Don’t ask me for words
by Eugenio Montale
(Genoa, 1896 – Milan, 1981; Nobel Prize for Literature, 1975)
Don’t ask me for words that might define
our formless soul, publish it
in letters of fire, and set it shining,
lost crocus in a dusty field.
Ah, that man so confidently striding,
friend to others and himself, careless
that the dog day’s sun might stamp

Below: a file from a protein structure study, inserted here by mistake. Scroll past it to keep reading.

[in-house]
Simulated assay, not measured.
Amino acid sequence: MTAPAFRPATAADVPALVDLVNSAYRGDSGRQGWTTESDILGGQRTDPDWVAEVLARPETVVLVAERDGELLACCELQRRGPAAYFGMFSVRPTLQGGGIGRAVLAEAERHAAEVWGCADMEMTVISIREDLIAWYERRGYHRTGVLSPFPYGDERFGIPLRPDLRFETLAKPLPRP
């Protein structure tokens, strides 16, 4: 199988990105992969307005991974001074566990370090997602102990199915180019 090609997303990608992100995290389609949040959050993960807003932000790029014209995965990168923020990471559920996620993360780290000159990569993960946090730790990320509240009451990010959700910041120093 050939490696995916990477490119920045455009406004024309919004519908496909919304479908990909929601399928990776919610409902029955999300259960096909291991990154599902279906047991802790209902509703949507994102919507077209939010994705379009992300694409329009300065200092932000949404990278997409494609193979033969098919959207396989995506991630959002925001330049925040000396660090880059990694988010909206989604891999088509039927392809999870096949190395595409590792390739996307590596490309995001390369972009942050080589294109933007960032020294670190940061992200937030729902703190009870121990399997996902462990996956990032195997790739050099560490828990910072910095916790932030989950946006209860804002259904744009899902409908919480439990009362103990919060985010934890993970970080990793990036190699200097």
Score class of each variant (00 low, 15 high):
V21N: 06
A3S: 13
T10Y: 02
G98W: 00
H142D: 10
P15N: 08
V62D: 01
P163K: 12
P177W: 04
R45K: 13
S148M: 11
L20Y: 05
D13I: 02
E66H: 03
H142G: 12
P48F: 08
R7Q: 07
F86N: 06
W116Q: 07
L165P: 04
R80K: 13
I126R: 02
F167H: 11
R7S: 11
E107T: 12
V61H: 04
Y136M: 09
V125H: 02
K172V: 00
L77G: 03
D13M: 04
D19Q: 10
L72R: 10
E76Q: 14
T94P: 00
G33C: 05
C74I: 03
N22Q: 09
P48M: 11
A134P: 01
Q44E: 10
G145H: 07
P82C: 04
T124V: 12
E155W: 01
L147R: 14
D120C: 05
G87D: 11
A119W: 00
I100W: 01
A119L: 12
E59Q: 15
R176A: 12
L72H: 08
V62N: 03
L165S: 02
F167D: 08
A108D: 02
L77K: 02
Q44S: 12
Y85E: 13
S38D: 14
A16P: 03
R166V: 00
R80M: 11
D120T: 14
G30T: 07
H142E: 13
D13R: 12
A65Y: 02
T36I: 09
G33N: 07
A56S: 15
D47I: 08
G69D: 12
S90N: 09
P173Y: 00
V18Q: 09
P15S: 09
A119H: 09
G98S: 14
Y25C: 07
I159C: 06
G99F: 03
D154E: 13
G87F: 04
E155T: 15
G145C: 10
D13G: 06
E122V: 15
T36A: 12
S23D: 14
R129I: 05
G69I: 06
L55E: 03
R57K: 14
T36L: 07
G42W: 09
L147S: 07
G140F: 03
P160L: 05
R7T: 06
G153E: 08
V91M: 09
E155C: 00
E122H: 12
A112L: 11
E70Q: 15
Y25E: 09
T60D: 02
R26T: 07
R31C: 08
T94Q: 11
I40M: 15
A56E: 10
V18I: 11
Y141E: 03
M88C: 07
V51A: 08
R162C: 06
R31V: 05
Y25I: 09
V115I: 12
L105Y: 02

his shadow on a crumbling wall!
Don’t ask me for formulas to open worlds
for you: all I have are gnarled syllables,
branch-dry. All I can tell you now is this:
what we are not, what we do not want.
[Selected by Arnaldo Testi, author of Capture the Flag: The Stars and Stripes in American History. Poem from Cuttlefish Bones, 1920-1927, trans. by William Arrowsmith, W. W. Norton, New York, 1994, p. 41.]